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Wisconsin Ag News Headlines
Horse Quarantined for CEM Has Officially Tested Positive
Wisconsin Ag Connection - 01/14/2009

Less than two weeks after 17 horses on 11 different farms in Wisconsin were quarantined for being exposed to a highly contagious disease that can cause reproductive problems in mares, a stallion has officially tested positive for the illness. State animal health officials confirmed on Tuesday that the Outagamie County animal has contracted contagious equine metritis, or CEM.

The 13-year-old Friesian has been quarantined since January 5 when the state learned he had been at a Wisconsin artificial insemination center at the same time as an infected stallion from Kentucky. State and federal animal health personnel will examine the stallion's breeding records and movement history to trace what mares may have been exposed via natural breeding or artificial insemination, and what stallions may have been exposed via shared artificial insemination equipment. Any exposed animals, in Wisconsin or other states, will be quarantined for testing.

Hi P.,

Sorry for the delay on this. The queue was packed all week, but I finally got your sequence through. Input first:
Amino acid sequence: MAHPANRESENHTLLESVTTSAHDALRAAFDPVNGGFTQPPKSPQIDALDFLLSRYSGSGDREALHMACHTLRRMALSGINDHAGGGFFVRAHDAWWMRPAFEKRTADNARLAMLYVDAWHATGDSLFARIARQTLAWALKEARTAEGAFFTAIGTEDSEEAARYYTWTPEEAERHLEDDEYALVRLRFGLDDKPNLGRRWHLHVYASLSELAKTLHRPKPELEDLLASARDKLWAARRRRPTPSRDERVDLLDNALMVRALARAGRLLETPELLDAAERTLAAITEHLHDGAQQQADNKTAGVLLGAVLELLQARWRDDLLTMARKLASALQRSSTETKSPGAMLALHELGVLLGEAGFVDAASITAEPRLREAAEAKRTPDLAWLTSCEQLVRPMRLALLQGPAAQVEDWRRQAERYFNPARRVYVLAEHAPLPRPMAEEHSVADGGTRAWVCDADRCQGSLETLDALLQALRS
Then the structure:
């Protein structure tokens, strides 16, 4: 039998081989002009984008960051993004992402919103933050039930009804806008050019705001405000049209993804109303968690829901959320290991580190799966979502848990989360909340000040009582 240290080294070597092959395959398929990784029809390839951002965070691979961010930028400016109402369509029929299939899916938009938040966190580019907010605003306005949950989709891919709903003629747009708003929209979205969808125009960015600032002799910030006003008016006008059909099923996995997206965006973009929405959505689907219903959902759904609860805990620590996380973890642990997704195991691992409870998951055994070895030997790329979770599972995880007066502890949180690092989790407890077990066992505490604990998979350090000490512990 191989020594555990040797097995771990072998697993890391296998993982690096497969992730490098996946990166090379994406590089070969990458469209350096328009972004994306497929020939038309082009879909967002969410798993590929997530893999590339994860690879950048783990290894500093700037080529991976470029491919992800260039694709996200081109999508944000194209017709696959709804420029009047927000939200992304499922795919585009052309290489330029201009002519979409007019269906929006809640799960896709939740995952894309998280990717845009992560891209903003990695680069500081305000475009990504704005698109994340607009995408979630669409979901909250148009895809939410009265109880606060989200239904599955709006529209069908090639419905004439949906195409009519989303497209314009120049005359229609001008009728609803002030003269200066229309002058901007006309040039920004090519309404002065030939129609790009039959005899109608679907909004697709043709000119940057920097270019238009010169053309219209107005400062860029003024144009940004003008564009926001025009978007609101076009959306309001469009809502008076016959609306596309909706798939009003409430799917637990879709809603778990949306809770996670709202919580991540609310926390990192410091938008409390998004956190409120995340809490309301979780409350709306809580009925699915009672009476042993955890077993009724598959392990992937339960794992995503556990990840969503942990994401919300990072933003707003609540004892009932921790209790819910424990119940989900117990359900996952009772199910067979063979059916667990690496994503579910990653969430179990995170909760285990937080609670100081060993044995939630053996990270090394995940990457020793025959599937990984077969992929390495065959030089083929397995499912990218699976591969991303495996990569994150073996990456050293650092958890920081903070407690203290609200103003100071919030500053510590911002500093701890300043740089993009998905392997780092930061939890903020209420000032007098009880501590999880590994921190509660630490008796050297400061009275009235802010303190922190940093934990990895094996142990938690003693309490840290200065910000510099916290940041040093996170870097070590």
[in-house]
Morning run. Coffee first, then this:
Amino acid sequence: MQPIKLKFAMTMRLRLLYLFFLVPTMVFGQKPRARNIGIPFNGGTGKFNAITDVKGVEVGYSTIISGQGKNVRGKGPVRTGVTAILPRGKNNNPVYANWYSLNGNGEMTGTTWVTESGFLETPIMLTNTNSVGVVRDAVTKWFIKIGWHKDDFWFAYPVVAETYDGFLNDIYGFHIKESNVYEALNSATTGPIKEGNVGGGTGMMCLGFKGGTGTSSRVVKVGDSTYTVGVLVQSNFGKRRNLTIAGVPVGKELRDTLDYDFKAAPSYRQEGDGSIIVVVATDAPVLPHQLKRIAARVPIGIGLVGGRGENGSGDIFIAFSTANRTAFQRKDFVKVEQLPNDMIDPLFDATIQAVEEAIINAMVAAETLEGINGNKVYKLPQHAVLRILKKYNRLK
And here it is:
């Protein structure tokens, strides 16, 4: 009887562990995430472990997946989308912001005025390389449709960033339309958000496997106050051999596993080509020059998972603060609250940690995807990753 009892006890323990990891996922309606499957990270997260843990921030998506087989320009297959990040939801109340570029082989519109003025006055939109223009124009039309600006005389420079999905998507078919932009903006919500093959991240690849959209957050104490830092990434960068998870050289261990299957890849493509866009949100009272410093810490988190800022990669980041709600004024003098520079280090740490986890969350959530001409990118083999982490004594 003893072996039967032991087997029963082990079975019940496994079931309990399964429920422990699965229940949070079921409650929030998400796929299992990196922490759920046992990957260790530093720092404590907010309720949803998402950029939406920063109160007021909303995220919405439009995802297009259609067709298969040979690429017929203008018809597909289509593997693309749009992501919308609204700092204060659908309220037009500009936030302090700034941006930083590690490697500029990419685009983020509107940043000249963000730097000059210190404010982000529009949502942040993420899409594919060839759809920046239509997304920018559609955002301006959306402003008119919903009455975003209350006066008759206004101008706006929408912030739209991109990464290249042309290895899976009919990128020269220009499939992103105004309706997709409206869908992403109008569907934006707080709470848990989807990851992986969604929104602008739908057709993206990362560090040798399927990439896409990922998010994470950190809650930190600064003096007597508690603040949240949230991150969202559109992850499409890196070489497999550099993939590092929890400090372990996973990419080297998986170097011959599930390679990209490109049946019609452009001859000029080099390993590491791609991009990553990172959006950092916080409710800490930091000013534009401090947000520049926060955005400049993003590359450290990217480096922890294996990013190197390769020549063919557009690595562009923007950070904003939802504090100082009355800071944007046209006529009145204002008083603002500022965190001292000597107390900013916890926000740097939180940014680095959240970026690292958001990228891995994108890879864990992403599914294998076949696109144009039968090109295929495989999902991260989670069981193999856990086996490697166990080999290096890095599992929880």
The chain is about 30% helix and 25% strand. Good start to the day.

Meanwhile, State Veterinarian Dr. Robert Ehlenfeldt stressed that there is no human health risk and no risk to horses in the general population.

"There is no reason for horse owners to get horses tested on their own," Dr. Ehlenfeldt said. "If our investigation shows that a horse has been exposed, we will notify the owner."

Nationwide, the CEM investigation involves at least 272 horses in 38 states. The outbreak began in mid-December, when a quarter horse stallion on a Kentucky farm tested positive during routine testing for international semen shipment. The initial disease trace found that three more stallions in Kentucky and three in Indiana that had spent time on the original farm were also CEM-positive. The continuing trace has found 23 more stallions in 10 states that had been exposed, and 242 mares in 36 states.

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